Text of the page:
Physician burnout is a serious problem, and it doesn't just build over decades in the profession. In fact, it often starts in medical school and residency, according to a new JAMA study.
The prospective cohort study found wide differences in burnout and career choice regret depending on clinical specialty.
A second JAMA study found substantial differences in physician burnout estimates and how they were measured, which makes proving consistency across disparate studies difficult.
The two reports add to a growing list of research on the topic. The 2018 Medscape Physician Lifestyle Report said nearly two-thirds of U.S. doctors experience feelings of burnout, depression or both. Physician burnout can cause medical errors. The Agency for Healthcare Research and Quality said burnout can lead to negative quality of care and poorer patient outcomes.
In recent months, burnout studies found physician wellness and quality of care are connected, doctor burnout is less common in small, independent practices and organizational flaws compound burnout problems. Burnout is also costing health systems and hospitals as much as $1.7 billion a year.
One of the new JAMA studies looked at 3,588 second-year resident physicians and found burnout occurred in 45.2% of those surveyed. Nearly 15% regretted their career choice.
Higher rates of burnout were found in doctors training in urology, neurology, emergency medicine and general surgery. Female doctors reported symptoms of burnout more than men. Anxiety levels were reported higher during medical school for the new doctors.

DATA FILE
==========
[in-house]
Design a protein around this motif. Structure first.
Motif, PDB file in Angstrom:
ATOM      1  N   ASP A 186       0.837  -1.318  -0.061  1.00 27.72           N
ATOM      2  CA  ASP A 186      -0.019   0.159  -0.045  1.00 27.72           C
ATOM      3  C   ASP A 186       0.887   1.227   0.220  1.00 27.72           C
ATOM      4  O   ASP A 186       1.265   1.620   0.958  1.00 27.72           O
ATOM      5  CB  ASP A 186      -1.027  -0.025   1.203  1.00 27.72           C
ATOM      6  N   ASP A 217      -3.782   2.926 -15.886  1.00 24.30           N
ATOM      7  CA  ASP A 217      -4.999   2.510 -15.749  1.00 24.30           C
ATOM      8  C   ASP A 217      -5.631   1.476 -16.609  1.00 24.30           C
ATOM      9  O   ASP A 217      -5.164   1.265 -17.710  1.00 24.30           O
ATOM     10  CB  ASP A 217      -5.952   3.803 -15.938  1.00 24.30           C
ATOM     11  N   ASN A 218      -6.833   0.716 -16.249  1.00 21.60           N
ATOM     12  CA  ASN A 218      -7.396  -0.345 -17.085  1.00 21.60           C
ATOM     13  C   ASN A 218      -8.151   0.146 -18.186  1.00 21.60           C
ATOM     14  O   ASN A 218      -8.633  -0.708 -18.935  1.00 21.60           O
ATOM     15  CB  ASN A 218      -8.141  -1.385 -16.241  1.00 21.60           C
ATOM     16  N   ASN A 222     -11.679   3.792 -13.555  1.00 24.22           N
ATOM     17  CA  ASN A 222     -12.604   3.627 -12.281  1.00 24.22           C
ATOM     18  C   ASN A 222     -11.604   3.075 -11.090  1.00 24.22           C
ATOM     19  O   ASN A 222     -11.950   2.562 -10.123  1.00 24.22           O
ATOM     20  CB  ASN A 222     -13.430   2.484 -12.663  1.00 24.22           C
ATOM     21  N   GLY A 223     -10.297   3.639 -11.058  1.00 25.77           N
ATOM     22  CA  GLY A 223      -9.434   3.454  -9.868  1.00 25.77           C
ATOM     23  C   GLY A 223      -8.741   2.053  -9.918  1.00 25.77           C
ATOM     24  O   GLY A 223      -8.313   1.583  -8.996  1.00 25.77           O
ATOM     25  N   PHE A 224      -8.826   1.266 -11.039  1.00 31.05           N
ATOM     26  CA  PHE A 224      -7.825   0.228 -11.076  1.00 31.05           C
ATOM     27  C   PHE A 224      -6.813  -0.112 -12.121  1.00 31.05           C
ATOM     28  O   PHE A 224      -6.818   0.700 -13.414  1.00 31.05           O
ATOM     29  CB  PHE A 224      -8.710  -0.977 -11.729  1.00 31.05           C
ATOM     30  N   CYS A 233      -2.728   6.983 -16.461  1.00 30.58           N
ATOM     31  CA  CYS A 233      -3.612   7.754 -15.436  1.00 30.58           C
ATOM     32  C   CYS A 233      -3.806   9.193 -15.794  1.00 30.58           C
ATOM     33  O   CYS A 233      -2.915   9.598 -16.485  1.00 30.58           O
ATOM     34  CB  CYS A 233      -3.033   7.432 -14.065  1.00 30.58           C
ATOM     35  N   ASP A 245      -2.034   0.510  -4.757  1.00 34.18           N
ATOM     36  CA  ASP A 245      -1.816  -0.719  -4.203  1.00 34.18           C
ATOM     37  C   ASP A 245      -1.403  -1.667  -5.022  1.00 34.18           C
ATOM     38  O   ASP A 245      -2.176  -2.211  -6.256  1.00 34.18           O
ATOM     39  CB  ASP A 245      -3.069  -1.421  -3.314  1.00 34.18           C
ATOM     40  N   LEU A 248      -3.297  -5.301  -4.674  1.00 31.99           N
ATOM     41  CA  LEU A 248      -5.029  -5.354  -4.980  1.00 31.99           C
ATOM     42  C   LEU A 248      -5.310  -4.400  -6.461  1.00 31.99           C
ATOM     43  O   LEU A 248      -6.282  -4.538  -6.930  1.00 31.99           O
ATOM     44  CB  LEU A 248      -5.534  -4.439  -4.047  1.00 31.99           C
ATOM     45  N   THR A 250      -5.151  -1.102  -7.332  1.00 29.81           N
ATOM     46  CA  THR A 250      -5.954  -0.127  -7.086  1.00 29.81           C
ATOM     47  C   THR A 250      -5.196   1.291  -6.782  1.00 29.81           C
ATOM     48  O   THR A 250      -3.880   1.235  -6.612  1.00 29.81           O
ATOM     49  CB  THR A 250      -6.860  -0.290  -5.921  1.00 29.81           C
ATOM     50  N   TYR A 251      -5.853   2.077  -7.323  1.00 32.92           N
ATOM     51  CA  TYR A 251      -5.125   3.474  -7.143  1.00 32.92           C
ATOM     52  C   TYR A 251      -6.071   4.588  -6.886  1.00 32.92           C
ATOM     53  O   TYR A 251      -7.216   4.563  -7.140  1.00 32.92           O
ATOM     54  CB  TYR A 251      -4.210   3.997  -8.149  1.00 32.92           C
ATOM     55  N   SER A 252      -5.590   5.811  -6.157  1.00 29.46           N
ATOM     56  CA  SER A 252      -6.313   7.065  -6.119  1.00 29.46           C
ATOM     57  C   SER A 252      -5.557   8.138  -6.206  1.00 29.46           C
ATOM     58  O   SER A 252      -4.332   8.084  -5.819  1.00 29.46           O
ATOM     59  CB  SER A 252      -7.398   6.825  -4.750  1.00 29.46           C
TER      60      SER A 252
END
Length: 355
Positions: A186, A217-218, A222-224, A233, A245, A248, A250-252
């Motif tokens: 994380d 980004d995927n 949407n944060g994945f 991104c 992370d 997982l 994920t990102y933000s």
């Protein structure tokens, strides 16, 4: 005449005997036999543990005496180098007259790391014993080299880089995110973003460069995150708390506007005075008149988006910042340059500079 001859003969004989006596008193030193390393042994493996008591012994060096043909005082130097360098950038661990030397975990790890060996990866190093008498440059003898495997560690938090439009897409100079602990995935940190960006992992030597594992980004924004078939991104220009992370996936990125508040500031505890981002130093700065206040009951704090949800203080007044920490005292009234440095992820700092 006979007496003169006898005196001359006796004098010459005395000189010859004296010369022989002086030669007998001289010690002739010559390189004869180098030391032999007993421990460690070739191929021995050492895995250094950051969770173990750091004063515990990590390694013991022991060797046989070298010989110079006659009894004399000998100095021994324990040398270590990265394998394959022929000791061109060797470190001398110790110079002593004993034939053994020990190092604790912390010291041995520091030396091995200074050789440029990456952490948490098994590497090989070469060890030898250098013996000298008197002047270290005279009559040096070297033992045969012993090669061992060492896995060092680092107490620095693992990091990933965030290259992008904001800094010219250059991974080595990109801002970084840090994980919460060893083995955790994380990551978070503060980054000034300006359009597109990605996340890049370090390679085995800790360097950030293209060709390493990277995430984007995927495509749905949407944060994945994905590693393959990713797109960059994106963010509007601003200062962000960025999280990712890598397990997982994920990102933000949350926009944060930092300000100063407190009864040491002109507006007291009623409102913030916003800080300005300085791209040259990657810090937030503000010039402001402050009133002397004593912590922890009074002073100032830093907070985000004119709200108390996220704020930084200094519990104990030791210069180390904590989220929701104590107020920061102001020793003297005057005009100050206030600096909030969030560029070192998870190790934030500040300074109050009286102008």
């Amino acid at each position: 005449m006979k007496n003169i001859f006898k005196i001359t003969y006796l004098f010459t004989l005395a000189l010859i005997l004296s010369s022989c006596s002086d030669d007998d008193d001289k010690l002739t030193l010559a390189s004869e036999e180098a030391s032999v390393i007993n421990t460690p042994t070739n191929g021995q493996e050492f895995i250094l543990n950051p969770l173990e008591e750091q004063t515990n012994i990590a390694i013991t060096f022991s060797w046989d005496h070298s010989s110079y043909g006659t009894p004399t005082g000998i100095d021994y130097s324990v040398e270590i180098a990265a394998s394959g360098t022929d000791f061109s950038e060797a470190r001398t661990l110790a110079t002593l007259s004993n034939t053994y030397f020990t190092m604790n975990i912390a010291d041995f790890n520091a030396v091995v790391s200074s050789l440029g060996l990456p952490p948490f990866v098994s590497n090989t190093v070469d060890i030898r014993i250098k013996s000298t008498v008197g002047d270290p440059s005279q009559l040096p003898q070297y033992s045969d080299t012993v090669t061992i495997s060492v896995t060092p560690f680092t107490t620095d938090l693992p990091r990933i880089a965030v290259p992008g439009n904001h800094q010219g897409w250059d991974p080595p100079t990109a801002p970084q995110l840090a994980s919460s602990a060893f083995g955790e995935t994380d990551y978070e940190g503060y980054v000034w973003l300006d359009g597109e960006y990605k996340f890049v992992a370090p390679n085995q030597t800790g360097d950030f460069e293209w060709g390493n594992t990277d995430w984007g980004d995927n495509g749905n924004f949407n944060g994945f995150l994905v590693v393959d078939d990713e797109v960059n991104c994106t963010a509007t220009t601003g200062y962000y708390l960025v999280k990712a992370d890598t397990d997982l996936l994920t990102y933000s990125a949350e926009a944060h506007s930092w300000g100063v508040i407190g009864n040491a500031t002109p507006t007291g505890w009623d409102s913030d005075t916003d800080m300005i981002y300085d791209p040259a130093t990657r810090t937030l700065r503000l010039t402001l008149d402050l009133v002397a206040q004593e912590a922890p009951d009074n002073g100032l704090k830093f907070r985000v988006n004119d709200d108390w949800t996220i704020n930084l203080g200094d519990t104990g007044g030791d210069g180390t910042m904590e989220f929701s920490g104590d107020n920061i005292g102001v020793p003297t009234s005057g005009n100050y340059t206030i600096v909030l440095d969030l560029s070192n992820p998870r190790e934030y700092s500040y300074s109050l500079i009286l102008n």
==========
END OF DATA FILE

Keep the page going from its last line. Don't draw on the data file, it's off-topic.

Feelings of career regret were more common in those training in pathology and anesthesiology. However, those specialty areas had a low percentage of burnout symptoms. The researchers suggested career choice regret may come from factors other than burnout.
Meanwhile, the second study's researchers looked at 182 papers on the topic published between 1991 and 2018, including more than 100,000 people in 45 countries. Overall burnout prevalence ranged from zero to 80.5% depending on the study. Also, emotional exhaustion, depersonalization and feeling low personal accomplishment ranged by similar percentages.
The researchers were unable to find connections between burnout and factors like gender, age, geography and specialty "because of inconsistencies in definitions," according to the report.
"This review indicates that a more consistent definition of burnout and improved assessment tools may be necessary if these policy measures are to successfully improve the physician work environment," the authors wrote.
The researchers also provided suggestions for future research on the topic, including using agreed upon diagnosis criteria for clinical burnout, considering new tools to gauge burnout and strictly adhering to the Strengthening the Reporting of Observational Studies in Epidemiology guidelines.